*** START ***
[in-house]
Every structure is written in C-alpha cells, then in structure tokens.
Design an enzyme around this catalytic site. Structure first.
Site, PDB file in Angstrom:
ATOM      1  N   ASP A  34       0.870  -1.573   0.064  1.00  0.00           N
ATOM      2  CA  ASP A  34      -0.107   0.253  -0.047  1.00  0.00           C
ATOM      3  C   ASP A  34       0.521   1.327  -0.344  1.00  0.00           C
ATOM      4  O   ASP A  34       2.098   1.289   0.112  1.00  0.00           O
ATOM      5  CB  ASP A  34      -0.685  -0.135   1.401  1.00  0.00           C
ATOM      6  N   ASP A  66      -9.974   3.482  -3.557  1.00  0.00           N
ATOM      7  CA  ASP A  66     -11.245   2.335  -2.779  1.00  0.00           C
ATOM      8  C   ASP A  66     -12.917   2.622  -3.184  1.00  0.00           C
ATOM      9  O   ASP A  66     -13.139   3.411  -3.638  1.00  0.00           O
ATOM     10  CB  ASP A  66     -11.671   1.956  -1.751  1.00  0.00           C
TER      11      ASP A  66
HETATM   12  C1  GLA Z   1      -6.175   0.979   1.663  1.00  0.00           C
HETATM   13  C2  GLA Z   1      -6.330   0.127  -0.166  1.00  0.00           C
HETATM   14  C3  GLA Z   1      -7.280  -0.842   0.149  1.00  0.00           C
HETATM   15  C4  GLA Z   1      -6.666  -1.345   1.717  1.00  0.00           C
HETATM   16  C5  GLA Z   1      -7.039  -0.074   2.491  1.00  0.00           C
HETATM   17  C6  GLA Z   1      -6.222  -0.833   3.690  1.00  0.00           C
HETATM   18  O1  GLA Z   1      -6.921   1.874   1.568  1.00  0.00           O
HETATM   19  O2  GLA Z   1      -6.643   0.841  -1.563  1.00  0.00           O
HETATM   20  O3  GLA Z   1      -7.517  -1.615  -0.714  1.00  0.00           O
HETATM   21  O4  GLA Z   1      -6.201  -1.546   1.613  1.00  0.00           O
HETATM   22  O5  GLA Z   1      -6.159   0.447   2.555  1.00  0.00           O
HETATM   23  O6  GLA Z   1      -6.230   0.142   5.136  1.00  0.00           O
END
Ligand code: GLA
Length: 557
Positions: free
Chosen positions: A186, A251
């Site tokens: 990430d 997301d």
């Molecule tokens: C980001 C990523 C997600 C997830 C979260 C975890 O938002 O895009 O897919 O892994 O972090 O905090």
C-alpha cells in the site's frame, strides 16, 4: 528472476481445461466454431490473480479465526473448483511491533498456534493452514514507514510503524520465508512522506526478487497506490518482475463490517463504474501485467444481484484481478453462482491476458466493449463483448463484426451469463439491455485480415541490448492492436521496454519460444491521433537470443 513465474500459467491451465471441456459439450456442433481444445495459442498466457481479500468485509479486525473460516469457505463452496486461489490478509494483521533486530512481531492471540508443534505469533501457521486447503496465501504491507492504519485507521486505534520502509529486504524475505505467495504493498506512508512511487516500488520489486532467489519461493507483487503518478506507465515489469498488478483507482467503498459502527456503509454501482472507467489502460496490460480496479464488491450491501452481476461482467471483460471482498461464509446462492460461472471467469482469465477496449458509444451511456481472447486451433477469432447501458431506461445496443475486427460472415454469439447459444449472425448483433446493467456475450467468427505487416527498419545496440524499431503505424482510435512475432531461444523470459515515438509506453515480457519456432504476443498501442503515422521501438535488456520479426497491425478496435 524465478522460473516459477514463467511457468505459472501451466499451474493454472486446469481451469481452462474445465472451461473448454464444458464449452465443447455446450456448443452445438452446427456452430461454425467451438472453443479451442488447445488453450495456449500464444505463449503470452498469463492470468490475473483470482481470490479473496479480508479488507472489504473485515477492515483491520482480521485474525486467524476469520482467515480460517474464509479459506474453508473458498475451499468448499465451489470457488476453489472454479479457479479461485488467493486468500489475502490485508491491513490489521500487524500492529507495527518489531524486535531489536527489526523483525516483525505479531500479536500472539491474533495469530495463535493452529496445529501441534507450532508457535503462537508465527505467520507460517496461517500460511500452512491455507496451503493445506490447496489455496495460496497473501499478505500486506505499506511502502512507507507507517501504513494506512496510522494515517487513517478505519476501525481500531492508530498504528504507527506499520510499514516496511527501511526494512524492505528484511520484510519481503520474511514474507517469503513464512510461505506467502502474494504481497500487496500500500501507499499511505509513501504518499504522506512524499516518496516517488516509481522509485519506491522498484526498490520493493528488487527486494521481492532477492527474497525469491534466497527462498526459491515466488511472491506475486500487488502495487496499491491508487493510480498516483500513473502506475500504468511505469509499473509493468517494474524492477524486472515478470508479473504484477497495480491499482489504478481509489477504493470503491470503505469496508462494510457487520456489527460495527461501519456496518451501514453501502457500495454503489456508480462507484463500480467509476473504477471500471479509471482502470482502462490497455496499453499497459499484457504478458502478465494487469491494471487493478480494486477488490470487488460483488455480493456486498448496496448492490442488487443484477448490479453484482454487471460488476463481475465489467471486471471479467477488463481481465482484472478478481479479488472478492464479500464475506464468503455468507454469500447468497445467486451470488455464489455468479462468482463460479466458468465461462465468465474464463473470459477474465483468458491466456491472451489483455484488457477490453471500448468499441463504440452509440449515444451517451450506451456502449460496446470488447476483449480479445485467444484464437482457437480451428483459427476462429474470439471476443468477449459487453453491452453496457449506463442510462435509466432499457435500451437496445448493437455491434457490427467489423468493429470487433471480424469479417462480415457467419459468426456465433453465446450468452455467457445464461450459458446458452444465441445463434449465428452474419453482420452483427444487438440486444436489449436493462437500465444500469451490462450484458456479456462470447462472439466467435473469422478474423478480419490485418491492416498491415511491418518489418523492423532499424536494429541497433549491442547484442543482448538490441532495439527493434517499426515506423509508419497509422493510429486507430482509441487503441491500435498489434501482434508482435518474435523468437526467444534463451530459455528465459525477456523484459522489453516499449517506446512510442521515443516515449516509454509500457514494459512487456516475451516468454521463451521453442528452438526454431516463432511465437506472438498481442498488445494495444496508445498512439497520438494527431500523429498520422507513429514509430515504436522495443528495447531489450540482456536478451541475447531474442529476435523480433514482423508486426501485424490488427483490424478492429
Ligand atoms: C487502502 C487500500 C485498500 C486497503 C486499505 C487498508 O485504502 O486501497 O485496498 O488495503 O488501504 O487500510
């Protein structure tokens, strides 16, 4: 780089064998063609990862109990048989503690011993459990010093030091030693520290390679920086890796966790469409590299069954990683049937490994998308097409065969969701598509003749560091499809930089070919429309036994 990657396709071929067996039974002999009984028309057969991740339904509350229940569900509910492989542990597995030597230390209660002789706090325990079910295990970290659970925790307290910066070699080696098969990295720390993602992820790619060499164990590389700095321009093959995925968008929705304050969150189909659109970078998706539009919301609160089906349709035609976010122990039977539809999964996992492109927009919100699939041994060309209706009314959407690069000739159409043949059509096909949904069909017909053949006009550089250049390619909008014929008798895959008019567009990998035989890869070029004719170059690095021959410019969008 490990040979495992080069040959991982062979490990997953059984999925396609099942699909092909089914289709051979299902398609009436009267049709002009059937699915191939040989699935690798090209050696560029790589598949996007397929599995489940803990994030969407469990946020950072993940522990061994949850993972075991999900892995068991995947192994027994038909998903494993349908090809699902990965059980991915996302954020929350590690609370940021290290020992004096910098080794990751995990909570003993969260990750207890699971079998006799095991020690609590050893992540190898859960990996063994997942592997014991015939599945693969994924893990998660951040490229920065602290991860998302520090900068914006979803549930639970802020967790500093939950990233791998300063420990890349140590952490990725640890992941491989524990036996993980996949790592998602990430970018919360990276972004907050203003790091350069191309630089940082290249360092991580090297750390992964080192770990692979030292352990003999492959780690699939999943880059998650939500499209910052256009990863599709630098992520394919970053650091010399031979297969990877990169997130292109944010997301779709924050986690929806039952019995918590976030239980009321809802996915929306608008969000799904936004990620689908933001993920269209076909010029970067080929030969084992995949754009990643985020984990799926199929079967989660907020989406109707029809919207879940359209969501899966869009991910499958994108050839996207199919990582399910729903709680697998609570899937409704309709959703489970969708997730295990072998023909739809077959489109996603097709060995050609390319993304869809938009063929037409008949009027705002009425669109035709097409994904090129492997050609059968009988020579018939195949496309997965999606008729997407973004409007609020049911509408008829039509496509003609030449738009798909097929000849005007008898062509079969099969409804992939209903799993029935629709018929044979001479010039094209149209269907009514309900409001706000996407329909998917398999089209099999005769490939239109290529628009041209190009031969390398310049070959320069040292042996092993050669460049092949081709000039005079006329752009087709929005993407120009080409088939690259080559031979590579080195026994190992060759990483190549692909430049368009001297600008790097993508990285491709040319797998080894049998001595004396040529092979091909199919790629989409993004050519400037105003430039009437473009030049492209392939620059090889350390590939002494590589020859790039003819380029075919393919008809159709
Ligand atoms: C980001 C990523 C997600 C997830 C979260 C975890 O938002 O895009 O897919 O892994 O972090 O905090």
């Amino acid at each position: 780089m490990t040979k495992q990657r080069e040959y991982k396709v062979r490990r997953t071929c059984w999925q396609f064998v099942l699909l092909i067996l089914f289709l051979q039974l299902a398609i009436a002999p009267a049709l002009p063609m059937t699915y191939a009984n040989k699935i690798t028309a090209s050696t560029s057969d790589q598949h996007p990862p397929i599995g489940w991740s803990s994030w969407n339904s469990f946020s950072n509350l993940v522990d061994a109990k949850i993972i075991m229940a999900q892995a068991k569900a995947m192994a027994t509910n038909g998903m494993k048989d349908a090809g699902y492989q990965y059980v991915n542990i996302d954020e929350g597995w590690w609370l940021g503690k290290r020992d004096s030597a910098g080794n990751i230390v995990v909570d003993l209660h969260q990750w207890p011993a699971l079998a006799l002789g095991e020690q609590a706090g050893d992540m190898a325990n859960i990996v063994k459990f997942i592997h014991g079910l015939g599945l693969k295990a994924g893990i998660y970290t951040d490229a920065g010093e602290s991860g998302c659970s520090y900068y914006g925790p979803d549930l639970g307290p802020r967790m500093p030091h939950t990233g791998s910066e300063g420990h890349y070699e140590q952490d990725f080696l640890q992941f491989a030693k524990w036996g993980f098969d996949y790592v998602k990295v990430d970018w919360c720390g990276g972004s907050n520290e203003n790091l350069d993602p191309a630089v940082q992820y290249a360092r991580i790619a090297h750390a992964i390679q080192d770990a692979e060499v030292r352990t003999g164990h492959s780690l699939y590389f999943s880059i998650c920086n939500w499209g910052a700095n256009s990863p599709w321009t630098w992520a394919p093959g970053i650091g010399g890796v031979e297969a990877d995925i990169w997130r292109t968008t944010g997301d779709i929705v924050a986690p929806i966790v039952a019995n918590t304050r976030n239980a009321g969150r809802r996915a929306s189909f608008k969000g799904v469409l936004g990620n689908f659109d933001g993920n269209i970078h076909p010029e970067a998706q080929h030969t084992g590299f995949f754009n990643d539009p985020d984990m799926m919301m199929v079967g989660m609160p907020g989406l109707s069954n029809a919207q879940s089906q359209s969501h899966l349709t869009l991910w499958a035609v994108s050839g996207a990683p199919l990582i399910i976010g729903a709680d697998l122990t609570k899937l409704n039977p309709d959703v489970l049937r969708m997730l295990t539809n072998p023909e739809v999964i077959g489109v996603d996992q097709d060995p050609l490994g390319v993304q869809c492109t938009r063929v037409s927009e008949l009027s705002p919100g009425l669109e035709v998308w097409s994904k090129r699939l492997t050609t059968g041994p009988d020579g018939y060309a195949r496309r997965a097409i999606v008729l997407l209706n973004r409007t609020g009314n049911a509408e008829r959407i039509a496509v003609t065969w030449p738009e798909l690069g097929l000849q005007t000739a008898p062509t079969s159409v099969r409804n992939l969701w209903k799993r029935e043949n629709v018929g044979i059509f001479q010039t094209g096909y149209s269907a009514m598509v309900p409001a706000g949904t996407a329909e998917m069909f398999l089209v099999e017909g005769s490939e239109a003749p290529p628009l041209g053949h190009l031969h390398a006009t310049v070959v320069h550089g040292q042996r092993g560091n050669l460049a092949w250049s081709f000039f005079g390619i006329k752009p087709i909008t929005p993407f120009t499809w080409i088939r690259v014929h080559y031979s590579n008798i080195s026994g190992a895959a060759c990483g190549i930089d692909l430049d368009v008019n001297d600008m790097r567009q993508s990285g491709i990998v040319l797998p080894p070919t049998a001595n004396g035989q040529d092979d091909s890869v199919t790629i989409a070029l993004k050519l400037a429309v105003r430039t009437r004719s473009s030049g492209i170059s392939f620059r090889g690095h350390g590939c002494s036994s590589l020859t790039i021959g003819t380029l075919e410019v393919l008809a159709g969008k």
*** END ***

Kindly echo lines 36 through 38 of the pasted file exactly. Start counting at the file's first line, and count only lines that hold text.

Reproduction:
Ligand atoms: C487502502 C487500500 C485498500 C486497503 C486499505 C487498508 O485504502 O486501497 O485496498 O488495503 O488501504 O487500510
């Protein structure tokens, strides 16, 4: 780089064998063609990862109990048989503690011993459990010093030091030693520290390679920086890796966790469409590299069954990683049937490994998308097409065969969701598509003749560091499809930089070919429309036994 990657396709071929067996039974002999009984028309057969991740339904509350229940569900509910492989542990597995030597230390209660002789706090325990079910295990970290659970925790307290910066070699080696098969990295720390993602992820790619060499164990590389700095321009093959995925968008929705304050969150189909659109970078998706539009919301609160089906349709035609976010122990039977539809999964996992492109927009919100699939041994060309209706009314959407690069000739159409043949059509096909949904069909017909053949006009550089250049390619909008014929008798895959008019567009990998035989890869070029004719170059690095021959410019969008 490990040979495992080069040959991982062979490990997953059984999925396609099942699909092909089914289709051979299902398609009436009267049709002009059937699915191939040989699935690798090209050696560029790589598949996007397929599995489940803990994030969407469990946020950072993940522990061994949850993972075991999900892995068991995947192994027994038909998903494993349908090809699902990965059980991915996302954020929350590690609370940021290290020992004096910098080794990751995990909570003993969260990750207890699971079998006799095991020690609590050893992540190898859960990996063994997942592997014991015939599945693969994924893990998660951040490229920065602290991860998302520090900068914006979803549930639970802020967790500093939950990233791998300063420990890349140590952490990725640890992941491989524990036996993980996949790592998602990430970018919360990276972004907050203003790091350069191309630089940082290249360092991580090297750390992964080192770990692979030292352990003999492959780690699939999943880059998650939500499209910052256009990863599709630098992520394919970053650091010399031979297969990877990169997130292109944010997301779709924050986690929806039952019995918590976030239980009321809802996915929306608008969000799904936004990620689908933001993920269209076909010029970067080929030969084992995949754009990643985020984990799926199929079967989660907020989406109707029809919207879940359209969501899966869009991910499958994108050839996207199919990582399910729903709680697998609570899937409704309709959703489970969708997730295990072998023909739809077959489109996603097709060995050609390319993304869809938009063929037409008949009027705002009425669109035709097409994904090129492997050609059968009988020579018939195949496309997965999606008729997407973004409007609020049911509408008829039509496509003609030449738009798909097929000849005007008898062509079969099969409804992939209903799993029935629709018929044979001479010039094209149209269907009514309900409001706000996407329909998917398999089209099999005769490939239109290529628009041209190009031969390398310049070959320069040292042996092993050669460049092949081709000039005079006329752009087709929005993407120009080409088939690259080559031979590579080195026994190992060759990483190549692909430049368009001297600008790097993508990285491709040319797998080894049998001595004396040529092979091909199919790629989409993004050519400037105003430039009437473009030049492209392939620059090889350390590939002494590589020859790039003819380029075919393919008809159709
Ligand atoms: C980001 C990523 C997600 C997830 C979260 C975890 O938002 O895009 O897919 O892994 O972090 O905090």